Crime films operate by mediating between two powerful but blankly contradictory articles of faith: that the social order that every crime challenges is ultimately well-defined, stable, and justified in consigning different people to the mutually exclusive roles of lawbreakers, law enforcers, and the victims who are the audience's natural identification figures; and that every audience member is not only a potential victim but a potential avenger and a potential criminal under the skin.
The original feature of the crime film is the erasure of the demarcation lines between ‘right’ and ‘wrong’, ‘normal’ and abnormal’, ‘good’ and ‘bad’. Characters’ fictional identities in the crime film are also distorted because the seemingly well-defined roles of the criminal, the law-abider, and the victim are fading out as the plot exposition is approaching its climax. The criminal steps out as a positive hero defending his family, while the servant of law is shown in the depth of his moral decay, and the victim turns to the prosecutor with a gun in the trembling hand.
To summarize a discussion of generic traits of the crime film, there seems to be no universal definition of the crime genre in cinematography. Yet employing the research provided by Rafter (2000), Leitch (2002), and Shadoian (2003), several generalisations are still available. First, the genre of crime films concentrates on exploring three typological characters – criminals, victims, and servants of justice. These types are portryed as either pure or synthetic fictional representations.
Second, the crime film develops according to a distinctive plot that centers on the issue of social conflict between different types of characters. Depending on the theme of the plot and type of environment, the genre of the crime film may be subdivided into eight subgenres (Rafter, 2000, pp. 141-142): (1) the mystery/ detective story; (2) the thriller; (3) the caper; (4) the tale of justice violated/ justice restored; (5) the disguised Western; (6) tales of revenge and vigilantism; (7) chronicles of criminal careers; and (8) the action stories.
Third, crime films share a distinctive visual style. In regard to this, Leitch (2002, p. 11) listed lowkey, high-contrast lighting, unbalanced compositions, and night-for-night exterior shooting. Shadoian (2003, p. 7) poignantly added that “one of the genre's keenest pleasures is in its depiction of violence”. Fourth, the crime films employ several narrative matrices. One of them was defined by Cawelti (1976, p. 15 cited Leitch 2002, p. 12) as “the ultimate excitements of love and death”.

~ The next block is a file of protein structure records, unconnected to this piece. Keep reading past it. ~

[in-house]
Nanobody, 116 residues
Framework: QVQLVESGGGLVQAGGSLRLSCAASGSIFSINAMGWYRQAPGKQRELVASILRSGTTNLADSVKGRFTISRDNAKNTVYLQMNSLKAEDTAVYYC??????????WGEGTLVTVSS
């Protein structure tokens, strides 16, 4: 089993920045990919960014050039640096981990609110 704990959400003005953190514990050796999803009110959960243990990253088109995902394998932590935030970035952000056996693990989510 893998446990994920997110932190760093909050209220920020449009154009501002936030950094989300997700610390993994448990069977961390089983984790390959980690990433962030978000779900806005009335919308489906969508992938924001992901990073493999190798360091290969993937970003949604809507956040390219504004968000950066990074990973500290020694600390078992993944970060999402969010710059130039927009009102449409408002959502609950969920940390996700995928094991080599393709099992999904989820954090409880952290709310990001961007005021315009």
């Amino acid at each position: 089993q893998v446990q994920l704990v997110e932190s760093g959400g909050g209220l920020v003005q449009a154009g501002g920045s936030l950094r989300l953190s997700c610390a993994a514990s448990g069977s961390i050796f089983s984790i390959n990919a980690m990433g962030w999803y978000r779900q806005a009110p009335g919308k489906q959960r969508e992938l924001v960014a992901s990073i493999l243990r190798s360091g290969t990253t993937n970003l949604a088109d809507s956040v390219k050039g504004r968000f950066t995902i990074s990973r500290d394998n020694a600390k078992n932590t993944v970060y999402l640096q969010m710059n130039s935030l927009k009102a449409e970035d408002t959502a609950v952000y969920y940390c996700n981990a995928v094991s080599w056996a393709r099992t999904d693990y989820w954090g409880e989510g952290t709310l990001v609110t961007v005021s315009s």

Besides the issues of love and death, every crime film tackles upon the issue of crime's nature as a social pattern. Finally, Leitch (2002, p. 16) concluded the list of narratives common for the crime genre with the tendency of any crime film “to valorize the distinctions among [the] three roles [of the Criminal, or the Society, or the Law] in order to affirm the social, moral, or institutional order threatened by crime, and to explore the relations among the three roles in order to mount a critique that challenges that order”.
In general, a well-defined crime culture may be referred to (Leitch 2002, p. 14) as the one that employs the method of “normalizing the unspeakable”, uses “different metaphorical valences”, displays “critique of the social or institutional order”, and “dramati[ses] not only the distinctive roles of criminal, victim, and avenger but also their interdependence and their interpenetration”. Taking into consideration the abovestated key principles of the crime film genre, the next subchapter provides a brief overview of the criminal film in its historical development.
Historical context Many researchers (e. g. , Rafter 2000; Leitch 2002; Shadoian 2003) echoed each other in defining the developmental stages of the crime genre: (1) The silent film era (the late nineteenth century until the late 1920s); (2) The era of gangster films and prison movies (the 1930s) ; (3) Film noir (the late 1930s and the 1940s); (4) Degeneration of the genre (the late 1950s and most of the 1960s); (5) Revival of older genres and emergence of synthetic postmodern narrations (1967-80);
Modern period. The first silent crime films (Edwin S. Porter's Edison’s The Great Train Robbery, 1903; D. W. Griffith's The Lonely Villa, 1909, The Lonedale Operator, 1911, two-reeler The Musketeers of Pig Alley, 1912, The Narrow Road, 1912, and four-story epic Intolerance, 1916 ; Raoul Walsh’s Regeneration, 1915 – the United States; Louis Feuillade's five multiepisode about the master criminal Fantomas, 1913– 14; Maurice Tourneur’s Alias Jimmy Valentine, 1915 – in France ; Fritz Lang’s Dr.
Mabuse, 1922 ; Robert Wiene's The Cabinet of Dr. Caligari, 1919, Fritz Lang’s Sunrise, 1927 – German expressionistic style) started to explore the issue of criminality and the character of the criminal. The silent era predefined many generic features of the crime film (plot, characters, and themes) and presented directors which were to become the kings of the genre at the next stage.